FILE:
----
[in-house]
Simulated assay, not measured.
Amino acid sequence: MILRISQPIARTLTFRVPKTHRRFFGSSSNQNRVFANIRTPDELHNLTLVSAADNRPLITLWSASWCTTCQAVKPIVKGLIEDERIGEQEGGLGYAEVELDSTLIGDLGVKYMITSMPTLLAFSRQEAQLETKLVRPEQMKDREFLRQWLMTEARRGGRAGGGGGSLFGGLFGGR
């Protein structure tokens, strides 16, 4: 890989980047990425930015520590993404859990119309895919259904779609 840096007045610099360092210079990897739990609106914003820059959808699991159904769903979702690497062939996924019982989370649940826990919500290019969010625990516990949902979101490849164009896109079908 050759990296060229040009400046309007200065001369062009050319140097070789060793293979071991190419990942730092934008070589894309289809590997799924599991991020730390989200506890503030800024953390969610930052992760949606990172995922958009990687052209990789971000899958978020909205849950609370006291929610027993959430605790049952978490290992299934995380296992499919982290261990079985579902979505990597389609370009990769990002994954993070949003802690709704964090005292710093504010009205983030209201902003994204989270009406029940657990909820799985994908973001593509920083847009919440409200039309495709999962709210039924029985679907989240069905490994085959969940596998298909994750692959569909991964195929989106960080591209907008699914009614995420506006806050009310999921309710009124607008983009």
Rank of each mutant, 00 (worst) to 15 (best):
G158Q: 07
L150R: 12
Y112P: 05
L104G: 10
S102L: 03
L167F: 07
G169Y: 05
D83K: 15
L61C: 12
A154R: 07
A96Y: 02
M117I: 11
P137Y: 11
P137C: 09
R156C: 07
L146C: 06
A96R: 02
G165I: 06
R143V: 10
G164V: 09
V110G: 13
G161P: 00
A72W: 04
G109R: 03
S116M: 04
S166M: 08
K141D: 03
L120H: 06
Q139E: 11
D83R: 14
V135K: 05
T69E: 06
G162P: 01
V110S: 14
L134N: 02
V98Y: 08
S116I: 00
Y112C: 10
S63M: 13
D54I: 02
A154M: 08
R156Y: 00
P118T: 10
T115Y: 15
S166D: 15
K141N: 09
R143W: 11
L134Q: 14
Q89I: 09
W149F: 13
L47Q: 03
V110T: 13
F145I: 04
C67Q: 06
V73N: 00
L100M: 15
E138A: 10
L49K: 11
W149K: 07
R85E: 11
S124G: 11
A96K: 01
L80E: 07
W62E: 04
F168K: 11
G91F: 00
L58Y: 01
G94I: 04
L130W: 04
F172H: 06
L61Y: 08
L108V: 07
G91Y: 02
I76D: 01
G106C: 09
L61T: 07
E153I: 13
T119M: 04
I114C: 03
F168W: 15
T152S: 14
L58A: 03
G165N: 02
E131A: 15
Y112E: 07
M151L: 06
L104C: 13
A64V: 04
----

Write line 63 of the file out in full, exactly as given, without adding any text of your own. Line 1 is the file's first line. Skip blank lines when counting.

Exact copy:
L49K: 11